The property development industry appeared to be lagging behind other sectors in its preparation for GDPR so we have put together a brief reminder of the types of personal data which you might be holding on your company databases which will be subject to GDPR requirements. This could include:
Authors: Ruth Benfield, Senior Associate, Real Estate and Alice Dockar, Partner, Real Estate, London
Cyber security affects all businesses and industries and is a Board level agenda item. As cyber-attacks are becoming more common (and hitting large institutions, such as Uber and the NHS) we are advising our clients to check the adequacy of their buildings and contents insurance policies and the building management, security and IT systems in their properties.
Buildings are particularly vulnerable to outside threats due to their reliance on technology for building management and security systems (for example fire alarms, sprinkler systems, automated air-conditioning, lifts, escalators, to name a few) which are often fundamental to the running of a commercial building. Such systems could be an easy target to hackers and the potential physical damage, destruction and disruption which could be caused makes the threat a real one. The risk for developers and landlords is therefore significant.
A cyber-attack which results in the destruction (or temporary failure) of such systems is likely to mean that tenants or their customers and employees are unable able to use or occupy the premises until new systems are installed, which could be a time consuming and expensive process. Imagine if a cyber-attack results in the activation of a building’s sprinkler system, causing severe water damage. Not only would a tenant be unable to use its premises until the water damage is repaired (resulting in loss of business) but also the cost of repairing the damage might not be covered by any existing insurance policy. This type of threat could affect a range of commercial properties, whether retail shopping centres, industrial units, offices or hotels.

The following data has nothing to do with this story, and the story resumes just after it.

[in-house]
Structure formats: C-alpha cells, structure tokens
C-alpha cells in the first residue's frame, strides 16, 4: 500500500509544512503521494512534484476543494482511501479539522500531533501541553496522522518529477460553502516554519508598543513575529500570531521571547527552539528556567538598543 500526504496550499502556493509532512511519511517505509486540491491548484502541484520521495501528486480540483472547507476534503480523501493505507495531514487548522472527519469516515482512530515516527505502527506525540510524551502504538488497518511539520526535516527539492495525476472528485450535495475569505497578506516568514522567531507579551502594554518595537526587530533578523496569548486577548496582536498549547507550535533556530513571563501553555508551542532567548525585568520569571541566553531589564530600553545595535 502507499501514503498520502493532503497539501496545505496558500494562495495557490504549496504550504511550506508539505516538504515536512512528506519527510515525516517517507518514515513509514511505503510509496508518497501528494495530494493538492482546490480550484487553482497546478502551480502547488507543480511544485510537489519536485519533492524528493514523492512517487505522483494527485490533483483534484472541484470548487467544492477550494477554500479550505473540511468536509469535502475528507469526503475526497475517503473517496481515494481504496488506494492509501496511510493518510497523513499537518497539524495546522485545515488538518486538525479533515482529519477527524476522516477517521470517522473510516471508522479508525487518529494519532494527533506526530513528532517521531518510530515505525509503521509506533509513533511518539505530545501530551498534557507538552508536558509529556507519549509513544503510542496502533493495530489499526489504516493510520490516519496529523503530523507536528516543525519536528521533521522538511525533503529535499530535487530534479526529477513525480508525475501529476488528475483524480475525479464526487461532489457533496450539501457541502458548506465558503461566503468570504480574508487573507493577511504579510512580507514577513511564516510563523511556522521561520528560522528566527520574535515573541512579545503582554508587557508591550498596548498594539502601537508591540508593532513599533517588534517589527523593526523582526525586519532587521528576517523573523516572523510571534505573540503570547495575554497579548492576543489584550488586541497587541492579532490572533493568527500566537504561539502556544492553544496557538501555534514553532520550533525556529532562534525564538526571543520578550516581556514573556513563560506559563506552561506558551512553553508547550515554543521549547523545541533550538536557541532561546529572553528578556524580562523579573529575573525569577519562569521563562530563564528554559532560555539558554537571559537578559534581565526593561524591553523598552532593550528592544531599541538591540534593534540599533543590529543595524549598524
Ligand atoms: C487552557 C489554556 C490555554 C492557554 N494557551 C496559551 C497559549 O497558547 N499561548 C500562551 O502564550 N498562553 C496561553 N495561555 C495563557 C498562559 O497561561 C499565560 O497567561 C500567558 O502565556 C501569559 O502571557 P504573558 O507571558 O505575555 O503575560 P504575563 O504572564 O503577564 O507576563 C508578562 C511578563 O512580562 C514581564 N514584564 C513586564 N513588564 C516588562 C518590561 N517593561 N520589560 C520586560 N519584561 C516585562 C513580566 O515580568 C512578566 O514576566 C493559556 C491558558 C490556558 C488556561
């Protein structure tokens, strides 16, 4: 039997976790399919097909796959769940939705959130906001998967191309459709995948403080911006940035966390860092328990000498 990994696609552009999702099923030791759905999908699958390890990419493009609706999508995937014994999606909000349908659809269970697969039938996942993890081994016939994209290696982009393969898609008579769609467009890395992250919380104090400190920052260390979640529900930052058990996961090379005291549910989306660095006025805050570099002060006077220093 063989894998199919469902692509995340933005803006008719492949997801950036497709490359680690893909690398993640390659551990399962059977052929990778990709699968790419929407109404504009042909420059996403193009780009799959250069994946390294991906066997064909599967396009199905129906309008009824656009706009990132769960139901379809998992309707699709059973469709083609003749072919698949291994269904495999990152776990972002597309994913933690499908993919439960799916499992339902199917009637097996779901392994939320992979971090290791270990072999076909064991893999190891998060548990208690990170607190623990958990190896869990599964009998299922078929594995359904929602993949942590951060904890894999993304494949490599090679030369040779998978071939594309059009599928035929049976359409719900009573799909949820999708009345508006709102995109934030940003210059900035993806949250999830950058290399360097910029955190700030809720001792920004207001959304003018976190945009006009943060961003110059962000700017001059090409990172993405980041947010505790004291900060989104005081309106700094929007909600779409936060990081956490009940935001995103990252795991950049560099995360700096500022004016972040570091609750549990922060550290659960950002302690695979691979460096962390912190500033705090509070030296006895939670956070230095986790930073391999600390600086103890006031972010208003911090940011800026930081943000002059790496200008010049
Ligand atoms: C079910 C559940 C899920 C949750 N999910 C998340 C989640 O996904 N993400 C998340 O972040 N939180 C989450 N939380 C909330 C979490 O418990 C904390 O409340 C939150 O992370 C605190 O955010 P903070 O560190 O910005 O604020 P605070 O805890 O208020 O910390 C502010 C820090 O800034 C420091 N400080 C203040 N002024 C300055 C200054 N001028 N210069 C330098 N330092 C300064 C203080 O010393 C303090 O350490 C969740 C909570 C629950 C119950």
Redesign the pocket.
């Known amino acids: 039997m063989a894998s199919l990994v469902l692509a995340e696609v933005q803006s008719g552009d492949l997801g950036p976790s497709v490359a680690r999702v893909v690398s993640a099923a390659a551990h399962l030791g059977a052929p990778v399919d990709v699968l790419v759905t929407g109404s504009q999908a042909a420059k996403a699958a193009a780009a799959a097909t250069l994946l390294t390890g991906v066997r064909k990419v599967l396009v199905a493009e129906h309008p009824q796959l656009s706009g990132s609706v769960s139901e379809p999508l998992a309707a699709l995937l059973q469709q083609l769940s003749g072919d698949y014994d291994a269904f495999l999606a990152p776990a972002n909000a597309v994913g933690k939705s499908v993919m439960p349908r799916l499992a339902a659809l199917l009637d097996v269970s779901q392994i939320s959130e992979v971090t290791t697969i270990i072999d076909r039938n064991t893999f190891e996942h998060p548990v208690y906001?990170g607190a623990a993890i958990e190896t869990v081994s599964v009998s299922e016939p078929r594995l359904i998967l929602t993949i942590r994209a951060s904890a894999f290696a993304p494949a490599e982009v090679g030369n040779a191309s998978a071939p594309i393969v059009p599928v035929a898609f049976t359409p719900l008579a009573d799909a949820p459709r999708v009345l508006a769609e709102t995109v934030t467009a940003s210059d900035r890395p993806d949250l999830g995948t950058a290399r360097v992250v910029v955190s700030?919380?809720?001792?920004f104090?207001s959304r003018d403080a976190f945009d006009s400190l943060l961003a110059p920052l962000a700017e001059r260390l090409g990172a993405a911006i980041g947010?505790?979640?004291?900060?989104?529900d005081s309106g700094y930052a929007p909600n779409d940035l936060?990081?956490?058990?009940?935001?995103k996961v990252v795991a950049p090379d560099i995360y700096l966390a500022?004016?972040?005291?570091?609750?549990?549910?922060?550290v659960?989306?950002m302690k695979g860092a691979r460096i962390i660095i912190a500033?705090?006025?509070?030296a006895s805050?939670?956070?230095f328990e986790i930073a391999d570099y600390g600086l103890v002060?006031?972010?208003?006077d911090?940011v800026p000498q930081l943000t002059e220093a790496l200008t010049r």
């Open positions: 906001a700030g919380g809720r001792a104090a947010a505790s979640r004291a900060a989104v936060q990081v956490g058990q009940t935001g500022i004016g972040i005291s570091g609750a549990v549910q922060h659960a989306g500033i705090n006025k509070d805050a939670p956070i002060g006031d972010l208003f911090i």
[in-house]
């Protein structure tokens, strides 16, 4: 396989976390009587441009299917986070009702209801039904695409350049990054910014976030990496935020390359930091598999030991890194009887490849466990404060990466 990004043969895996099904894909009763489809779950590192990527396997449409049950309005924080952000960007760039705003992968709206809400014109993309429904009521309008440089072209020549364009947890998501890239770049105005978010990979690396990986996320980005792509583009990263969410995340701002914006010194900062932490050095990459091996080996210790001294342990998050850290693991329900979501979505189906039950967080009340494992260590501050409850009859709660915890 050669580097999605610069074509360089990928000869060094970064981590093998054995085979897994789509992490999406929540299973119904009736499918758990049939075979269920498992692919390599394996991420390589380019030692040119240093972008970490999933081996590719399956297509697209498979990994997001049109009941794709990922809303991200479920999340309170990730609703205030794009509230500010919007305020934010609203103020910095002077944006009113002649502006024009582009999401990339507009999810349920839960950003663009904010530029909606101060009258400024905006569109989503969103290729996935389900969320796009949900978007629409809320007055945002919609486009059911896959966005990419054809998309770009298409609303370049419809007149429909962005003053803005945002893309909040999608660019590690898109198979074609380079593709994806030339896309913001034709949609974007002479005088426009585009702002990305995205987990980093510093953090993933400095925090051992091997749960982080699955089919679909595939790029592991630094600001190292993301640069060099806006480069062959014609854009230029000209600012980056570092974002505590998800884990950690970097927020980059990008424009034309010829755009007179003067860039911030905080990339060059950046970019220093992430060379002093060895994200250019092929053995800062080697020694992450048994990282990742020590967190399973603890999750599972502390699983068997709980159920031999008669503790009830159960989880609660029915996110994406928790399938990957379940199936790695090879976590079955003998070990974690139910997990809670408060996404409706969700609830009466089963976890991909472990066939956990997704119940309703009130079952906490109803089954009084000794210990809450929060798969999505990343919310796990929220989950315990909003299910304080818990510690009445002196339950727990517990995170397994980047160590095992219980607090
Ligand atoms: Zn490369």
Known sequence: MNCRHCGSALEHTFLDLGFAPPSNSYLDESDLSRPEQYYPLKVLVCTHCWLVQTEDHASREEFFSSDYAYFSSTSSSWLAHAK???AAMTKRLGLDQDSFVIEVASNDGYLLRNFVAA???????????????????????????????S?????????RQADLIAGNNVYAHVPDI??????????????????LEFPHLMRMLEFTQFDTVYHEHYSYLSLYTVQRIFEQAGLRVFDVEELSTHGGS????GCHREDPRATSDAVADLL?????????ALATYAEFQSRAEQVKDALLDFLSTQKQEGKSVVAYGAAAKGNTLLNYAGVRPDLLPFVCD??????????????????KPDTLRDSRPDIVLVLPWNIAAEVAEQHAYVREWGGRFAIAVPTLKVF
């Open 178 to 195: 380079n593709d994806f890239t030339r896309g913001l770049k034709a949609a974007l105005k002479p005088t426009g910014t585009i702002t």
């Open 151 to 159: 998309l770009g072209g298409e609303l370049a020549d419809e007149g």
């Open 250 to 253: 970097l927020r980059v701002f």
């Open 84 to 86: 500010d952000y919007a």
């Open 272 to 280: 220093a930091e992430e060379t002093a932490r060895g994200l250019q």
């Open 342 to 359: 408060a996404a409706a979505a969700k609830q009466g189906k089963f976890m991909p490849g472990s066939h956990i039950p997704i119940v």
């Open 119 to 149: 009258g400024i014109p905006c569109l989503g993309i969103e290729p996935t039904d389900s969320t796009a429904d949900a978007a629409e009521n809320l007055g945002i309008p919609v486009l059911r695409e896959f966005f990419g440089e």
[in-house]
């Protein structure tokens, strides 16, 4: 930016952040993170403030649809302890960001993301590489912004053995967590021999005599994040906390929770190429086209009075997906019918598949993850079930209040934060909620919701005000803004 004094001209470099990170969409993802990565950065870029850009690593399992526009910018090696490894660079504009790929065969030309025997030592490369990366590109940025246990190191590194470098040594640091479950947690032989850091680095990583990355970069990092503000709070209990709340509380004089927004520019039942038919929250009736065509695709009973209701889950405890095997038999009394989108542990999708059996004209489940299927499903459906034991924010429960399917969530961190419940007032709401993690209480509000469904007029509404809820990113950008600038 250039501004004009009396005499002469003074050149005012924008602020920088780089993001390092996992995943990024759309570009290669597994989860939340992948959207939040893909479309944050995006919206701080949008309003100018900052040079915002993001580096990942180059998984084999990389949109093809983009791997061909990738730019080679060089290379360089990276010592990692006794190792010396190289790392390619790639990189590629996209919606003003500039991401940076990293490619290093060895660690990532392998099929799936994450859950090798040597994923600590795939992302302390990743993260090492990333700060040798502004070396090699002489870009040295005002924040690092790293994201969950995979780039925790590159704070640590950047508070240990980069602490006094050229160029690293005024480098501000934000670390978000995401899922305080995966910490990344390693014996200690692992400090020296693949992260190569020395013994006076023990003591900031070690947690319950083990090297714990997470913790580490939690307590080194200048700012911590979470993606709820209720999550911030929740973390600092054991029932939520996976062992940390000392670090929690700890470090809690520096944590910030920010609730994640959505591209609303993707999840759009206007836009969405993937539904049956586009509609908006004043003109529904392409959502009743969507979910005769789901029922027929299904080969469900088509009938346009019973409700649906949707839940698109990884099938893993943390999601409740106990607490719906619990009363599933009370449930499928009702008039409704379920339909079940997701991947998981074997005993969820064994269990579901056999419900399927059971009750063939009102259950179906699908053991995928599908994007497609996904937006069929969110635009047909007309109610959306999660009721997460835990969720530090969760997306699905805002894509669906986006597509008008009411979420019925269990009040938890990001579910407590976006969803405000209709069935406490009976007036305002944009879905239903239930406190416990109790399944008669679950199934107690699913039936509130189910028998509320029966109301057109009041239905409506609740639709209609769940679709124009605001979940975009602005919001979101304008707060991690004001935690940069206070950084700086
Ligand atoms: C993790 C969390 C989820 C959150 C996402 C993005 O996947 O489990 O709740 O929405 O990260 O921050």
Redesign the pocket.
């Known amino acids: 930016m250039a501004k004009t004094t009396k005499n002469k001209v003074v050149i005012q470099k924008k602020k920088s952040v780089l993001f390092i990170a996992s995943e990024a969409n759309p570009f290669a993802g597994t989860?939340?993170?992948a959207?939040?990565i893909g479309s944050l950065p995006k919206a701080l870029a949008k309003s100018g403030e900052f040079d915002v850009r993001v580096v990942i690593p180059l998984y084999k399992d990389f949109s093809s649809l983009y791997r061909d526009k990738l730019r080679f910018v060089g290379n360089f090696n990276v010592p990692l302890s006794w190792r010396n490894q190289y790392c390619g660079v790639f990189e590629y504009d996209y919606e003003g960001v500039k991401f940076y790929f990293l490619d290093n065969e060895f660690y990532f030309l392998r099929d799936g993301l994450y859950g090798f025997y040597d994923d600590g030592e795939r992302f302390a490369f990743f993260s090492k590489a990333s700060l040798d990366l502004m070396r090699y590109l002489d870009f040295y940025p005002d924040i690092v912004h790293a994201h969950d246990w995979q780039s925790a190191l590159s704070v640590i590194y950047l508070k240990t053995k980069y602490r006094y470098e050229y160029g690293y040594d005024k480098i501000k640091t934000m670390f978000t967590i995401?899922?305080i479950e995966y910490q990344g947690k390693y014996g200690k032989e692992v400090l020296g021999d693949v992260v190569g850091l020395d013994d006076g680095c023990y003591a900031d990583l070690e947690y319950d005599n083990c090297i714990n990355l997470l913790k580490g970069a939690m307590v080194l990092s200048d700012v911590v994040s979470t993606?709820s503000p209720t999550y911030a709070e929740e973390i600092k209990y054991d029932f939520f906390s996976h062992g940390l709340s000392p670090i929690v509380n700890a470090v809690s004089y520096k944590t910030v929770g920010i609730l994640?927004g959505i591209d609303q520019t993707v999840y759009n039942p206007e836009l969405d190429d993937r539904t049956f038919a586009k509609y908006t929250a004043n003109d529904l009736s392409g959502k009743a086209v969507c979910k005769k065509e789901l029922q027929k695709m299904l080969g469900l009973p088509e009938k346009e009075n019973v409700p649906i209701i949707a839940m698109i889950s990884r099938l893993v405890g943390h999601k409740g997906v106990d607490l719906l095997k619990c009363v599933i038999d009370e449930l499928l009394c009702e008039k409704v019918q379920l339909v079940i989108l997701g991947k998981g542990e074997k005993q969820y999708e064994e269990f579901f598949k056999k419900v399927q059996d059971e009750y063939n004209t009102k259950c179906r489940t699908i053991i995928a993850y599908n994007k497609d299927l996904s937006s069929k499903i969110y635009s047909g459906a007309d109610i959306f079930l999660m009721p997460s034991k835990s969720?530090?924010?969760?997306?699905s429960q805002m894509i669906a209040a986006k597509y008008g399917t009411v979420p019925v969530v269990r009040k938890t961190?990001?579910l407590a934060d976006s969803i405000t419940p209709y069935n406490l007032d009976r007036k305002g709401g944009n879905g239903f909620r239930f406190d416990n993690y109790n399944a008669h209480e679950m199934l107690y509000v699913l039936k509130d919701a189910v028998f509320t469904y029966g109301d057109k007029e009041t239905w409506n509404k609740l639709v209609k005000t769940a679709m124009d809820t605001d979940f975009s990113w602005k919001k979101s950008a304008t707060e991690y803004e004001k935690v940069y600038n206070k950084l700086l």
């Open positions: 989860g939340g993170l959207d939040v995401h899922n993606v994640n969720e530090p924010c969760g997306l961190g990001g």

Authors: Nick Turner, Partner, Alice Dockar, Partner and Olivia Rolleston, Associate (Australia), Real Estate, London
Despite prevailing market practice indicating a preference by developers/landlords to continue to use the 6th edition (2007) of the RICS Code of Measuring Practice (CoMP), RICS will continue to ask its members to apply the International Property Measurement Standard (IPMS). Whilst our clients should be aware of RICS continued commitment to IPMS it remains to be seen whether this commitment results in a tangible impact on established market practice.
That said, on 1 May 2018, the second edition of RICS Property Measurement will come into effect, and one of the principal changes is the introduction of IPMS for residential buildings. The IPMS for office buildings has been mandatory for members since the first edition of the Property Measurement came into effect in 2015. However the second edition sets out 2 elements: Part 1 – the Professional Statement: property measurement – which applies to all properties and includes IPMS measurements for office buildings; and Part 2 – RICS IPMS Data Standard – which is designed to encapsulate the attributes and elements of an IPMS measurement aimed at providing consistency to software developers who provide measuring software. Part 1 must be complied with by all RICS professionals involved with work that includes the measurement of buildings. Industrial and retail buildings can be measured under IPMS 1 which is a universal standard that applies to all building classes and measures the area of a building including external walls and compares closely to the gross internal area under the CoMP. IPMS 1 is also used for planning purposes and development appraisals.